Re: Sadly modern porn is crap
>>I prefer my porn from the 70s and 80s.
Too true....I recall working in London's West End at a particular hi-fi shop, just after VCR's became "all the rage". Due to their scarcity, video recorders kept their high prices and initially every machine we had delivered to us (from the likes of Sony, JVC, Panasonic, Akai, Sanyo, Hitachi etc) would have been pre-sold.
Within a short period of time, we got friendly with some customers who kept coming back to buy yet another machine.....plus the "cable kit" to link between them......either with PL259 or BNC video cables and a single phono/RCA cable for the sound (as early VCR's were mono). Hence a small "industry" started up, with people copying tapes and then selling them to people who had bought a VCR but wanted something different to what was on normal telly. :-)
And we had a "nice little earner" as quite a few people would ask us to copy non-copyright tapes for them (as initially there were few pre-recorded films available).....but it had to be done in real time, so with the large number of demonstration models on show, we'd link up as many machines are required (to do enough copies for the customer, plus one for "us") and this would then happen overnight.
They had to buy the blank tape the copy was recorded onto as well as pay a small service charge for the copying (which paid for our bacon sarnies).
In time, more films became available and we saw far fewer customer who wanted copy services, due to the wider availability of VCR from other outlets.....but it was fun checking over the copies we'd made to see exactly what sort of adventures some humans had got up to....
Just a shame that most of these films were from the US and had been poorly transcribed from NTSC to PAL and likewise the poor quality of any copies you made on VHS and Beta....but at the time it was quite "eye-opening".....
Eventually, there was "legal" softcore available such as Electric Blue, which sold quite well.....but not as well as the BBC Royal Wedding video's (of Chuck and Di) which we sold at full RRP of £50 each.....
I was a bit sceptical on seeing this at first, but at the very end, it showed all the screens as separate items, which could then be "installed" into a bracelet "holder".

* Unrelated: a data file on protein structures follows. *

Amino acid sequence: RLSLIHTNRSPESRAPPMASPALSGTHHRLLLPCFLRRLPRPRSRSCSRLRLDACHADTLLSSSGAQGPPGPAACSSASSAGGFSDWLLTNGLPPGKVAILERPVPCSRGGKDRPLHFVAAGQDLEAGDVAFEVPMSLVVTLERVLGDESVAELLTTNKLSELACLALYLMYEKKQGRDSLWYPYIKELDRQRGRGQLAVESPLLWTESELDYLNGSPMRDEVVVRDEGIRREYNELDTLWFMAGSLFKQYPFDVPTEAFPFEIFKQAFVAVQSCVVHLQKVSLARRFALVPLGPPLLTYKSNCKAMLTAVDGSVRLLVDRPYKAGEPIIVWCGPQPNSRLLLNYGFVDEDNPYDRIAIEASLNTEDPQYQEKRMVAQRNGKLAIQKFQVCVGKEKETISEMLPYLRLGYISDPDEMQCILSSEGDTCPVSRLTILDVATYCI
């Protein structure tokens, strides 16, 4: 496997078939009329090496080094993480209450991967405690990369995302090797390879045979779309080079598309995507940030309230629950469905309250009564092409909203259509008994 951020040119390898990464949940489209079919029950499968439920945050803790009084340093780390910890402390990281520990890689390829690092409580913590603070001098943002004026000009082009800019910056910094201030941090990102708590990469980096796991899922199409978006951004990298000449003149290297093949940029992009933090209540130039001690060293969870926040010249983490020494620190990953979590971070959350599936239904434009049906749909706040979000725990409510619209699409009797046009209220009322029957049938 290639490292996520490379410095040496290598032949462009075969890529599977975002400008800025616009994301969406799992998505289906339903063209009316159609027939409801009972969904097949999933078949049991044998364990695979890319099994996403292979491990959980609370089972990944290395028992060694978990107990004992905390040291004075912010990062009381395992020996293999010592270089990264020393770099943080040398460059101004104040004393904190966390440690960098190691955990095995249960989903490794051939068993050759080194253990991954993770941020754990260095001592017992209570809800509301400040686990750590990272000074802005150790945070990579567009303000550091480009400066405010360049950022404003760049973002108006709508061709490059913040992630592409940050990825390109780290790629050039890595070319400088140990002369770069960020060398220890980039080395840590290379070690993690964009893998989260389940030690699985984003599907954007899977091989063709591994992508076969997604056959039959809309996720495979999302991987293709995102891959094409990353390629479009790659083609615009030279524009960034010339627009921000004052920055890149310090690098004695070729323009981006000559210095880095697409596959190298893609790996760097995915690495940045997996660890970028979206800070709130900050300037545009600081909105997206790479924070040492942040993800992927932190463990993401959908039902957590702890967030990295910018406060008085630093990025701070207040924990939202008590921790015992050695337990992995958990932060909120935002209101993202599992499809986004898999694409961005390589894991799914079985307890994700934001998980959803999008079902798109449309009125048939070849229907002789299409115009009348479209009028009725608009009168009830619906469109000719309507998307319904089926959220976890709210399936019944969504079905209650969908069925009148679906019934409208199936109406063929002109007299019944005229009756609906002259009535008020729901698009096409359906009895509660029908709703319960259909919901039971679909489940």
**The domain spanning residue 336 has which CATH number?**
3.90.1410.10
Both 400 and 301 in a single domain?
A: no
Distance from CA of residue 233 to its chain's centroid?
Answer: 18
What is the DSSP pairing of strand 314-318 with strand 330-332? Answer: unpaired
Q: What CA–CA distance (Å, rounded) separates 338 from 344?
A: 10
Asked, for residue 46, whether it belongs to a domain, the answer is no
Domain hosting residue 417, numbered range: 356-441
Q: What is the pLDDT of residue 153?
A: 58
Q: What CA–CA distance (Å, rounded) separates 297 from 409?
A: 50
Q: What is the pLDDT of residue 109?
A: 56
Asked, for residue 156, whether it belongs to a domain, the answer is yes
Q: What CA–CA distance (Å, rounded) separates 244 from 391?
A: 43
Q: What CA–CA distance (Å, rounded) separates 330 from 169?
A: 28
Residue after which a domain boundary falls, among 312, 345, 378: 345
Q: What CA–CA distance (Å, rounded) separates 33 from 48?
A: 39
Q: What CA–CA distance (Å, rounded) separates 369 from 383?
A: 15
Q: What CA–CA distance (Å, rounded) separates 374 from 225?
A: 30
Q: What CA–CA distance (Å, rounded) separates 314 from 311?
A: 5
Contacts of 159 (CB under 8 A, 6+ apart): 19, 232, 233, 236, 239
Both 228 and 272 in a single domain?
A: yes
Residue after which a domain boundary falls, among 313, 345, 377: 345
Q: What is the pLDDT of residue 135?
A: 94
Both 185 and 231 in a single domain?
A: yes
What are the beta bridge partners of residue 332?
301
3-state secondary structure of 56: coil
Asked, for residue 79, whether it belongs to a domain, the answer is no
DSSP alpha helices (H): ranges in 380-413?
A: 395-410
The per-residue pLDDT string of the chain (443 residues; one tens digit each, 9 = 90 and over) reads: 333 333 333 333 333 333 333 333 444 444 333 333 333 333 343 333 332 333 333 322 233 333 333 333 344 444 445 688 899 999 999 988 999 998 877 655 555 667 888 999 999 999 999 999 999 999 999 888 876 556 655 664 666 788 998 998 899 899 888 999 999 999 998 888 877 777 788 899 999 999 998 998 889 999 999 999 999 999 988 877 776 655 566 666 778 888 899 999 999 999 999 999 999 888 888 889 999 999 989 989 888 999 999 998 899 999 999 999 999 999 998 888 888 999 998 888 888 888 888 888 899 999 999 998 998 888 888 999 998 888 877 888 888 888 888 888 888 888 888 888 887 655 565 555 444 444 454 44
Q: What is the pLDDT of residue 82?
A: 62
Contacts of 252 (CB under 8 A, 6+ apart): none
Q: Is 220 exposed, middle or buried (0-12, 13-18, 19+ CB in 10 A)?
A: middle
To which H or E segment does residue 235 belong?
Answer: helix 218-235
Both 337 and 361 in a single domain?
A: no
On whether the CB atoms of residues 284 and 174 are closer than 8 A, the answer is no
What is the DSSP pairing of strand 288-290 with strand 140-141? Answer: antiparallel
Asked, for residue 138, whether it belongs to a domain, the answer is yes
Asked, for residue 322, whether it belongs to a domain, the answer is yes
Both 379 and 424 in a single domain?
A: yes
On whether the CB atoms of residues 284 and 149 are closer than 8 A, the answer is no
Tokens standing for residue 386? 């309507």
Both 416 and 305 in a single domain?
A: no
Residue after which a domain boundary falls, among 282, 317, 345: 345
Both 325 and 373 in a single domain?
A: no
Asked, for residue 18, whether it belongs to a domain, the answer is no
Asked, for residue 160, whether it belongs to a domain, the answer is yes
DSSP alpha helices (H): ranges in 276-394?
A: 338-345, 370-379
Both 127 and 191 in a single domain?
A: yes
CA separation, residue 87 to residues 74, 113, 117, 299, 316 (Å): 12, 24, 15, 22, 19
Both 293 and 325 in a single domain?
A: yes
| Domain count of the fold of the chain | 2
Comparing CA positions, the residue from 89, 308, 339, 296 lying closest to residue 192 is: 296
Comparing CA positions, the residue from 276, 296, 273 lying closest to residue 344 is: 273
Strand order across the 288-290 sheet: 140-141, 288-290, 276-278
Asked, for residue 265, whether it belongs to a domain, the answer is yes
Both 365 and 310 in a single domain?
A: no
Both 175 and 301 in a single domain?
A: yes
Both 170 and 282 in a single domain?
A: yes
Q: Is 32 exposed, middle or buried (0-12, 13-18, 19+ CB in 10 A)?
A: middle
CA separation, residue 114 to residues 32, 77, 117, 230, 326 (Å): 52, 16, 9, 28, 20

What struck me was that you could buy maybe one screen to begin with and then add others, depending on your needs and circumstances. Indeed, said screens could also be used in your car, at home/work or anywhere...and then clipped onto the bracelet, should you want to.
So, this could prove to be quite a winner, as long as it's not too expensive.....lest the "great unwashed" might find good reason to relieve you of various assorted (expensive) screens.....
Re: re: Power usage
No. I don't know if this comes out of the Daily Mail Radio Design Handbook, but it is cobblers.
A 'cat's whisker' makes a simple diode detector, which extracts the _envelope_ or amplitude of the signal. For an AM broadcast, this is a simple way of recovering the audio.
correction accepted - I errored when I wrote the sentence as it should have mentioned both AM (for the cats whisker reference) and FM (where another reference was omitted whilst I wrote the reply via my mobile).
"the majority of radio's only have a single speaker"
...and you can have your apostrophe back and all.
So, now I take it you will be correcting everybody else when they make even the slightest typos....you're going to be busy......
Re: re: Power usage
"Prime suspect has to be the processing needed to extract a clean mux bitstream from the analogue domain, with all its distortions, reflected signals, strength fluctuations as surroundings change or the radio moves. That's never going to be cheap."
...except that DAB can utilise multipath broadcast signals and combine them in order to produce enough signal to be able to reproduce the signal without issues. See the section on Single Frequency Networks